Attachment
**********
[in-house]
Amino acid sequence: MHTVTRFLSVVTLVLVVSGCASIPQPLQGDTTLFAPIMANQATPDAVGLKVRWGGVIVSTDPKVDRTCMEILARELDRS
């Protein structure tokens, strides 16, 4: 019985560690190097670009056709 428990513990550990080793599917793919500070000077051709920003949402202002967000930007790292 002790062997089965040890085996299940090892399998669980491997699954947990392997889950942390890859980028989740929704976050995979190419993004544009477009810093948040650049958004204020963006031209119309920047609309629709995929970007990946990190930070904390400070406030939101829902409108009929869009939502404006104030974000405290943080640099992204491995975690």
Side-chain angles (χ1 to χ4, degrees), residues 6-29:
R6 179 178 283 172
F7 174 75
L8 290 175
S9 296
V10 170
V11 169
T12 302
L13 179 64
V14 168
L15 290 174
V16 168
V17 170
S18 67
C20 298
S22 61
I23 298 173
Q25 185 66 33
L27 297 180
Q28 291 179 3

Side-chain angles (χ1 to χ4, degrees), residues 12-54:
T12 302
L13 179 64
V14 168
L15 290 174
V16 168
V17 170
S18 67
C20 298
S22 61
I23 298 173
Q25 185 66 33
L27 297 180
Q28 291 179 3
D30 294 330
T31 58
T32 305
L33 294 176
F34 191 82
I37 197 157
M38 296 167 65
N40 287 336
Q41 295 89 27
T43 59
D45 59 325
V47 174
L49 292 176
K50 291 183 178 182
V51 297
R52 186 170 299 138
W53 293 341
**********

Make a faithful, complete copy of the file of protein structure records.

[in-house]
Amino acid sequence: MHTVTRFLSVVTLVLVVSGCASIPQPLQGDTTLFAPIMANQATPDAVGLKVRWGGVIVSTDPKVDRTCMEILARELDRS
């Protein structure tokens, strides 16, 4: 019985560690190097670009056709 428990513990550990080793599917793919500070000077051709920003949402202002967000930007790292 002790062997089965040890085996299940090892399998669980491997699954947990392997889950942390890859980028989740929704976050995979190419993004544009477009810093948040650049958004204020963006031209119309920047609309629709995929970007990946990190930070904390400070406030939101829902409108009929869009939502404006104030974000405290943080640099992204491995975690």
Side-chain angles (χ1 to χ4, degrees), residues 6-29:
R6 179 178 283 172
F7 174 75
L8 290 175
S9 296
V10 170
V11 169
T12 302
L13 179 64
V14 168
L15 290 174
V16 168
V17 170
S18 67
C20 298
S22 61
I23 298 173
Q25 185 66 33
L27 297 180
Q28 291 179 3

Side-chain angles (χ1 to χ4, degrees), residues 12-54:
T12 302
L13 179 64
V14 168
L15 290 174
V16 168
V17 170
S18 67
C20 298
S22 61
I23 298 173
Q25 185 66 33
L27 297 180
Q28 291 179 3
D30 294 330
T31 58
T32 305
L33 294 176
F34 191 82
I37 197 157
M38 296 167 65
N40 287 336
Q41 295 89 27
T43 59
D45 59 325
V47 174
L49 292 176
K50 291 183 178 182
V51 297
R52 186 170 299 138
W53 293 341